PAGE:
BACKGROUND: Clinical trials have demonstrated an excess of acute stent thrombosis (AST) in acute coronary syndromes patients (ACS) undergoing percutaneous coronary intervention (PCI) with bivalirudin compared to heparin. We aimed to investigate the potential mechanisms responsible for thrombus formation under bivalirudin. METHODS: We compared heparin and bivalirudin during PCI for ACS in a prospective monocentre randomized study. Twenty patients were included after coronary angiography and received a loading dose (LD) of 180mg of ticagrelor at the time of PCI...
October 1, 2016: International Journal of Cardiology
Rahman Shah, Kelly C Rogers, Agha J Ahmed, Bryan J King, Sunil V Rao
OBJECTIVES: The aim of this study was to evaluate the efficacy of various doses of post-primary percutaneous coronary intervention (PCI) bivalirudin infusion to prevent acute stent thrombosis (AST). BACKGROUND: In several recent randomized controlled trials, bivalirudin infusion was continued post-PCI as either a full PCI dose (Biv-Full) or a reduced dose (Biv-Low) to reduce the risk for AST. The results of these trials varied, so the authors performed a meta-analysis of RCTs to determine whether the risk for AST is dose dependent...
July 11, 2016: JACC. Cardiovascular Interventions
Per Grimfjärd, David Erlinge, Sasha Koul, Bo Lagerqvist, Bodil Svennblad, Christoph Varenhorst, Stefan James
BACKGROUND: In recent studies of primary percutaneous coronary intervention (PCI), bivalirudin compared with heparin has been associated with increased risk of stent thrombosis (ST). Our aim was to describe incidence and outcome of definite, early ST in a large contemporary primary PCI population divided in antithrombotic therapy subgroups. METHODS AND RESULTS: A prospective, observational cohort study of all 31,258 ST-elevation myocardial infarction patients who received a stent in Sweden from January 2007 to July 2014 in the SWEDEHEART registry was conducted...
June 2016: American Heart Journal
José Domingo Cascón-Pérez, José Abellán-Huerta, José Antonio Giner-Caro, Derek Farid Dau-Villareal, Rosario Mármol-Lozano, Leticia Jaulent-Huertas, Yaiza Isabel Bonilla-Pacheco, María Del Carmen Ruiz-Abellón, Francisco Picó-Aracil, Juan Antonio Castillo-Moreno
The CARTAGOMAX study assessed the safety and efficacy of bivalirudin during real-world cardiac intervention. This was a single-center prospective study. Patients with acute coronary syndrome undergoing percutaneous coronary intervention were anticoagulated with bivalirudin alone or unfractionated heparin plus a glycoprotein IIb/IIIa inhibitor. Propensity score matching was performed to control for baseline imbalances and yielded 1168 patients. There was lower incidence of the composite outcome of death from any cause or major bleeding at 30 days (P = 0...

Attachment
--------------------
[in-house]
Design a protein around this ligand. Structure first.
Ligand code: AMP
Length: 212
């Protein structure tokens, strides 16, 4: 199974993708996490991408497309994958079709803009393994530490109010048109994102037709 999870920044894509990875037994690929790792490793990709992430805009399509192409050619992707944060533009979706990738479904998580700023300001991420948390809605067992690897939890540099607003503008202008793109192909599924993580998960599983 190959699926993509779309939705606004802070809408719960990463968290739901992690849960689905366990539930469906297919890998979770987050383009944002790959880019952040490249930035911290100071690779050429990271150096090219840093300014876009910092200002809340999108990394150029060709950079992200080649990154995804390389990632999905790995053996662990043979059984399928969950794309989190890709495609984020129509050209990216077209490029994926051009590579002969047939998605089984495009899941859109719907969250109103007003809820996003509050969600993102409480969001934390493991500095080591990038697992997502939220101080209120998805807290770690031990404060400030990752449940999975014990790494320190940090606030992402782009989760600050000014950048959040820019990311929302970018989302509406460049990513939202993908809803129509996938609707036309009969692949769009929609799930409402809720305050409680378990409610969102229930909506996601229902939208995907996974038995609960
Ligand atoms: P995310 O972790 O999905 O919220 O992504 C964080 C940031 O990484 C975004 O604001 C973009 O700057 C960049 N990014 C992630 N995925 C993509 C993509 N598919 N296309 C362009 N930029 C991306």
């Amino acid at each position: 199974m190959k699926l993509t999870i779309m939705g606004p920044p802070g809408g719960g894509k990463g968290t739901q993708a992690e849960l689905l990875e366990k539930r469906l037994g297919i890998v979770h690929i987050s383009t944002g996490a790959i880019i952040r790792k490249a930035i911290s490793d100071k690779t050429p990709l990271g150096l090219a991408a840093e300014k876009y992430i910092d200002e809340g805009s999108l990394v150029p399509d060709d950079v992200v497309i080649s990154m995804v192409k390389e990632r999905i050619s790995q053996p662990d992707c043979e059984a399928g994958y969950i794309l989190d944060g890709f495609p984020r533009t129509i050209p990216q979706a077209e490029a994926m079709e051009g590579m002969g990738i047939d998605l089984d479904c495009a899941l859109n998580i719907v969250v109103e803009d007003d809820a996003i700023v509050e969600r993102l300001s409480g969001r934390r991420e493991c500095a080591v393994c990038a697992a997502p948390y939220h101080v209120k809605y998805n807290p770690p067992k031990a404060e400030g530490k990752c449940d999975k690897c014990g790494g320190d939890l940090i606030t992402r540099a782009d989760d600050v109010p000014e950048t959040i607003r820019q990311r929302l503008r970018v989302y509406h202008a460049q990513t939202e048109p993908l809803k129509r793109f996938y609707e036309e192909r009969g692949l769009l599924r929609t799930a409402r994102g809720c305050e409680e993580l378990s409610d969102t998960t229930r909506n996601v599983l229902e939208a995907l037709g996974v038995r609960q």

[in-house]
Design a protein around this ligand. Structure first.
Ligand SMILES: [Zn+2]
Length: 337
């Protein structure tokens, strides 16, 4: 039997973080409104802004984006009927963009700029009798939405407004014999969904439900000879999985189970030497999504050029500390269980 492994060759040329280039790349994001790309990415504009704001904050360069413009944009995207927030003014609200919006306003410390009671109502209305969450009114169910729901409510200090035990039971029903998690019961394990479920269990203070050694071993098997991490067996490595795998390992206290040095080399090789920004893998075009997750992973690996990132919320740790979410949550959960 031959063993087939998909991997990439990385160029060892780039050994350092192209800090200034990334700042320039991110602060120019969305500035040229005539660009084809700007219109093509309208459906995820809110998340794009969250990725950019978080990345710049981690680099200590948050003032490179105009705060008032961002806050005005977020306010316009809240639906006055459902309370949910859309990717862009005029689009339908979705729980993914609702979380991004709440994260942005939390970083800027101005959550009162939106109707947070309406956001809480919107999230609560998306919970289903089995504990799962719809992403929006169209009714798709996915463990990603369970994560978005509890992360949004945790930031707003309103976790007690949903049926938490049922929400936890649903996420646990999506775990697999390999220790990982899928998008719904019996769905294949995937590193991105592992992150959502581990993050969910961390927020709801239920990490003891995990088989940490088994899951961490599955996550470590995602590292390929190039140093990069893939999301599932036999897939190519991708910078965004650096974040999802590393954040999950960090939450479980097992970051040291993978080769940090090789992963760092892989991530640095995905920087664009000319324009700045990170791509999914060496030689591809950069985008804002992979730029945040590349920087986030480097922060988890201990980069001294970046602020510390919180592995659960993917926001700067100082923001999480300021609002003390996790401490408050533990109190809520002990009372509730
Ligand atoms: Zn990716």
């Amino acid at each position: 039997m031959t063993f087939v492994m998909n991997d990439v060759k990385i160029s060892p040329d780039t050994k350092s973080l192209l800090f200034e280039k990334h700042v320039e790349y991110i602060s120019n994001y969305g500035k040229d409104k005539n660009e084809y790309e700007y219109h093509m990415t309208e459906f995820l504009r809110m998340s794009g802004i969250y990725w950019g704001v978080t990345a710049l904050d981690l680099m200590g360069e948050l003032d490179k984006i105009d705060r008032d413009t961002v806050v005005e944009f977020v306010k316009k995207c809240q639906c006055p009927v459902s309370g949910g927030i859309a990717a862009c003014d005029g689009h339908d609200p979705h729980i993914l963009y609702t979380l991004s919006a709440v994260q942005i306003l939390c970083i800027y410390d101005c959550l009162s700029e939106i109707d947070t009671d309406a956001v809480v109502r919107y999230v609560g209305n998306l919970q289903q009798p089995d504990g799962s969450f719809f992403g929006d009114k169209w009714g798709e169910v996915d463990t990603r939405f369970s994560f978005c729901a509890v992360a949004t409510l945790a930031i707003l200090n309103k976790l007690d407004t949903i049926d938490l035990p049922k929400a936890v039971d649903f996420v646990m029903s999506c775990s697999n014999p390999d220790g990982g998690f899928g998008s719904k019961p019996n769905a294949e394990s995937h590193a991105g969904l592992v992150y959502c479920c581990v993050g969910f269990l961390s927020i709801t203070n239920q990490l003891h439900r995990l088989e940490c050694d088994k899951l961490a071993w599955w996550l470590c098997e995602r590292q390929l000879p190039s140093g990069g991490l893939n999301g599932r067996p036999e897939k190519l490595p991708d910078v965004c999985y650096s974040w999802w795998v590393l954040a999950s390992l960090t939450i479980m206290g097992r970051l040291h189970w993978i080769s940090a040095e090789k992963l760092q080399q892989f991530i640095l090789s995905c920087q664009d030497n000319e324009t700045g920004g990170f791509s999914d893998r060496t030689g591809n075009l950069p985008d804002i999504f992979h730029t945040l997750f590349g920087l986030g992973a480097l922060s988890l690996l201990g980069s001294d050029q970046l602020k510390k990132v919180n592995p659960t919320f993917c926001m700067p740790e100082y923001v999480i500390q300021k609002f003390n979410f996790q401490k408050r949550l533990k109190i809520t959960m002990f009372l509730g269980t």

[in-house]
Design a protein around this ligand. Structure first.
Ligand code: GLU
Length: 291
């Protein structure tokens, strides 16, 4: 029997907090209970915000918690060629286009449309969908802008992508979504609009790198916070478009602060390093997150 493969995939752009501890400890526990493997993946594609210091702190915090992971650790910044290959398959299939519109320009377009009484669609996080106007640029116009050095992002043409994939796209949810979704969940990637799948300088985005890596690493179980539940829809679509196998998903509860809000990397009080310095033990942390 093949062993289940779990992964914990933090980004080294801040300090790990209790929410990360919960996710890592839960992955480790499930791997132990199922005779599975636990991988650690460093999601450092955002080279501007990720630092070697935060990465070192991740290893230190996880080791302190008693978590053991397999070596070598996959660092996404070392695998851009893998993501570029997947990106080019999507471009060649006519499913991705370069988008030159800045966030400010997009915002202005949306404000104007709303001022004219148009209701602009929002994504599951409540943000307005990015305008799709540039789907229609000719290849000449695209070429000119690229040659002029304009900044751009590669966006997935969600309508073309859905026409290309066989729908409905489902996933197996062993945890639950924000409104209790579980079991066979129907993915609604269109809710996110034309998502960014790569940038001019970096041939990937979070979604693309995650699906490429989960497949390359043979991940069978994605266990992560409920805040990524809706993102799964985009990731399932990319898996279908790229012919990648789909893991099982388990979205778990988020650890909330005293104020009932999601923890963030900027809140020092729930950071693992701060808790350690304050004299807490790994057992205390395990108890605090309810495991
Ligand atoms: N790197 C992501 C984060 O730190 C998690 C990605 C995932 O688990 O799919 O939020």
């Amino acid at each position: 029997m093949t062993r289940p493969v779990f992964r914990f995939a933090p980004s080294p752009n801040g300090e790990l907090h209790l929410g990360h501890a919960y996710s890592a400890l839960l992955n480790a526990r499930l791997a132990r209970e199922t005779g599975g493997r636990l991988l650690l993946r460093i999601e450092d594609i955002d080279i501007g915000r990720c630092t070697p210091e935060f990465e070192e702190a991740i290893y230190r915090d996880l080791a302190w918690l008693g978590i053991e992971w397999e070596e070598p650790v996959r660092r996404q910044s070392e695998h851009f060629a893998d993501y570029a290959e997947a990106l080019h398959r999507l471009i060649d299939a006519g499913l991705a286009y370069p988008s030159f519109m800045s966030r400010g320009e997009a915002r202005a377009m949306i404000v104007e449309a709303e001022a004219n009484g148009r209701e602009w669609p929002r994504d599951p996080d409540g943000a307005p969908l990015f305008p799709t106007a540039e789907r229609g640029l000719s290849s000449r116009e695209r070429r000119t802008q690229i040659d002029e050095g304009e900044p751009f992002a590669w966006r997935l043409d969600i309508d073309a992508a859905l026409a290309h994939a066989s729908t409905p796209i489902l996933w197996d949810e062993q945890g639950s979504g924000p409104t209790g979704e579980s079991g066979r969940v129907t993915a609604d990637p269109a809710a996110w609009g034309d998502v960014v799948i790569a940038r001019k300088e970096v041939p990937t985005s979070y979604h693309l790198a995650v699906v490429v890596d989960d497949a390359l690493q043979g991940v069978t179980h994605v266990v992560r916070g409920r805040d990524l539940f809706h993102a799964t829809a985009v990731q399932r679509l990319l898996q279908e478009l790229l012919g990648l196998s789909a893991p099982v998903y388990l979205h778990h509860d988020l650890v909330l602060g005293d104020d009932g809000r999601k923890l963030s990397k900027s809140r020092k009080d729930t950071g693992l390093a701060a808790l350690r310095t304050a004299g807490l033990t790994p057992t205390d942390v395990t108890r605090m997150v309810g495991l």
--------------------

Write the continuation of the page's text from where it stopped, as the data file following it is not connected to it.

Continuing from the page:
September 2016: Journal of Cardiovascular Pharmacology
Monica Verdoia, Alon Schaffer, Lucia Barbieri, Harry Suryapranata, Giuseppe De Luca
INTRODUCTION AND OBJECTIVES: Contrasting data have been reported on bivalirudin as an anticoagulation strategy during percutaneous coronary interventions, offering theoretical benefits on bleeding complications but raising concerns on a potential increase in the risk of stent thrombosis. We performed an updated meta-analysis to evaluate the efficacy and safety of bivalirudin compared with unfractionated heparin in patients undergoing percutaneous interventions for acute coronary syndromes...
August 2016: Revista Española de Cardiología
Gennaro Giustino, Roxana Mehran, Sameer Bansilal, Frederick Feit, Michael Lincoff, Efthymios N Deliargyris, Ajay J Kirtane, Philippe Généreux, Bjorn Redfors, Jayne Prats, Debra Bernstein, Sorin J Brener, Simona Skerjanec, Alexandra J Lansky, Dominic P Francese, George D Dangas, Gregg W Stone
Optimal antithrombotic pharmacotherapy in patients affected by diabetes mellitus (DM) undergoing percutaneous coronary intervention is unclear. We sought to evaluate the safety and efficacy of bivalirudin compared with heparin plus a glycoprotein IIb/IIIa inhibitor (GPI) in patients with DM undergoing percutaneous coronary intervention. We pooled patient-level data from the Randomized Evaluation of PCI Linking Angiomax to Reduced Clinical Events-2, Acute Catheterization and Urgent Intervention Triage strategy, and Harmonizing Outcomes with Revascularization and Stents in Acute Myocardial Infarction trials...
July 1, 2016: American Journal of Cardiology
David Erlinge, Sasha Koul, Peter Eriksson, Fredrik Scherstén, Elmir Omerovic, Rikard Linder, Olof Petter Östlund, Lars Wallentin, Ole Fröbert, Stefan James
BACKGROUND: The optimal anticoagulant for patients with acute coronary syndrome treated with percutaneous coronary intervention (PCI) has not been validated in current practice of radial approach and pretreatment with potent P2Y12 inhibitors. Several studies have indicated increased bleeding rate and, in some instances, even increased mortality by the routine use of heparin and glycoprotein IIb/IIIa inhibitors compared to bivalirudin. Direct comparison of bivalirudin versus heparin alone has yielded contradictory results depending on study designs...
May 2016: American Heart Journal